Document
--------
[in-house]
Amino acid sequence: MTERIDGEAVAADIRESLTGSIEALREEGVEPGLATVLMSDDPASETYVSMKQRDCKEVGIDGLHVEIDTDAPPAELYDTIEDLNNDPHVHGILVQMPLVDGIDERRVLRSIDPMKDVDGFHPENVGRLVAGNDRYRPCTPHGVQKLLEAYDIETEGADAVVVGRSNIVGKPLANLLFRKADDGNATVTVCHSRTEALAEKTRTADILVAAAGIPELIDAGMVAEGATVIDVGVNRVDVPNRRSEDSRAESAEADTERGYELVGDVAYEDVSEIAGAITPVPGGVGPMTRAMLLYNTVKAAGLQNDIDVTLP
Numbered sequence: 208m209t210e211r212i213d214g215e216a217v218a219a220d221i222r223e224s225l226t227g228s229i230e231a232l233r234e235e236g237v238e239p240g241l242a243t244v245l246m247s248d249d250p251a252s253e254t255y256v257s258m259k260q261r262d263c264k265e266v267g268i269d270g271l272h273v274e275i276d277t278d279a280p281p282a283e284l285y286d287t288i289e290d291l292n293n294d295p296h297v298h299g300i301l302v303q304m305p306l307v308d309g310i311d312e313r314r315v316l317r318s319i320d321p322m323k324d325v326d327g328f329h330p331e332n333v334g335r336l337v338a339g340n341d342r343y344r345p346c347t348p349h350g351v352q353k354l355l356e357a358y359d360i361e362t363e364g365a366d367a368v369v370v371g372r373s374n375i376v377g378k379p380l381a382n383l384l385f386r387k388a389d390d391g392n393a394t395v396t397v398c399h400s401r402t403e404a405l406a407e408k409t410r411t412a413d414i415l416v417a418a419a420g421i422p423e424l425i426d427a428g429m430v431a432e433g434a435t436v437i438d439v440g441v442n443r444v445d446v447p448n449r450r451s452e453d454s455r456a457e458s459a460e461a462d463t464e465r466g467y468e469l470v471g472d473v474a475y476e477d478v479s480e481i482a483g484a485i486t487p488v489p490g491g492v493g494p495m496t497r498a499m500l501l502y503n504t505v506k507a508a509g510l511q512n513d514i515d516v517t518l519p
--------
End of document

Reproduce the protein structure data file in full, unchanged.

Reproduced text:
[in-house]
Amino acid sequence: MTERIDGEAVAADIRESLTGSIEALREEGVEPGLATVLMSDDPASETYVSMKQRDCKEVGIDGLHVEIDTDAPPAELYDTIEDLNNDPHVHGILVQMPLVDGIDERRVLRSIDPMKDVDGFHPENVGRLVAGNDRYRPCTPHGVQKLLEAYDIETEGADAVVVGRSNIVGKPLANLLFRKADDGNATVTVCHSRTEALAEKTRTADILVAAAGIPELIDAGMVAEGATVIDVGVNRVDVPNRRSEDSRAESAEADTERGYELVGDVAYEDVSEIAGAITPVPGGVGPMTRAMLLYNTVKAAGLQNDIDVTLP
Numbered sequence: 208m209t210e211r212i213d214g215e216a217v218a219a220d221i222r223e224s225l226t227g228s229i230e231a232l233r234e235e236g237v238e239p240g241l242a243t244v245l246m247s248d249d250p251a252s253e254t255y256v257s258m259k260q261r262d263c264k265e266v267g268i269d270g271l272h273v274e275i276d277t278d279a280p281p282a283e284l285y286d287t288i289e290d291l292n293n294d295p296h297v298h299g300i301l302v303q304m305p306l307v308d309g310i311d312e313r314r315v316l317r318s319i320d321p322m323k324d325v326d327g328f329h330p331e332n333v334g335r336l337v338a339g340n341d342r343y344r345p346c347t348p349h350g351v352q353k354l355l356e357a358y359d360i361e362t363e364g365a366d367a368v369v370v371g372r373s374n375i376v377g378k379p380l381a382n383l384l385f386r387k388a389d390d391g392n393a394t395v396t397v398c399h400s401r402t403e404a405l406a407e408k409t410r411t412a413d414i415l416v417a418a419a420g421i422p423e424l425i426d427a428g429m430v431a432e433g434a435t436v437i438d439v440g441v442n443r444v445d446v447p448n449r450r451s452e453d454s455r456a457e458s459a460e461a462d463t464e465r466g467y468e469l470v471g472d473v474a475y476e477d478v479s480e481i482a483g484a485i486t487p488v489p490g491g492v493g494p495m496t497r498a499m500l501l502y503n504t505v506k507a508a509g510l511q512n513d514i515d516v517t518l519p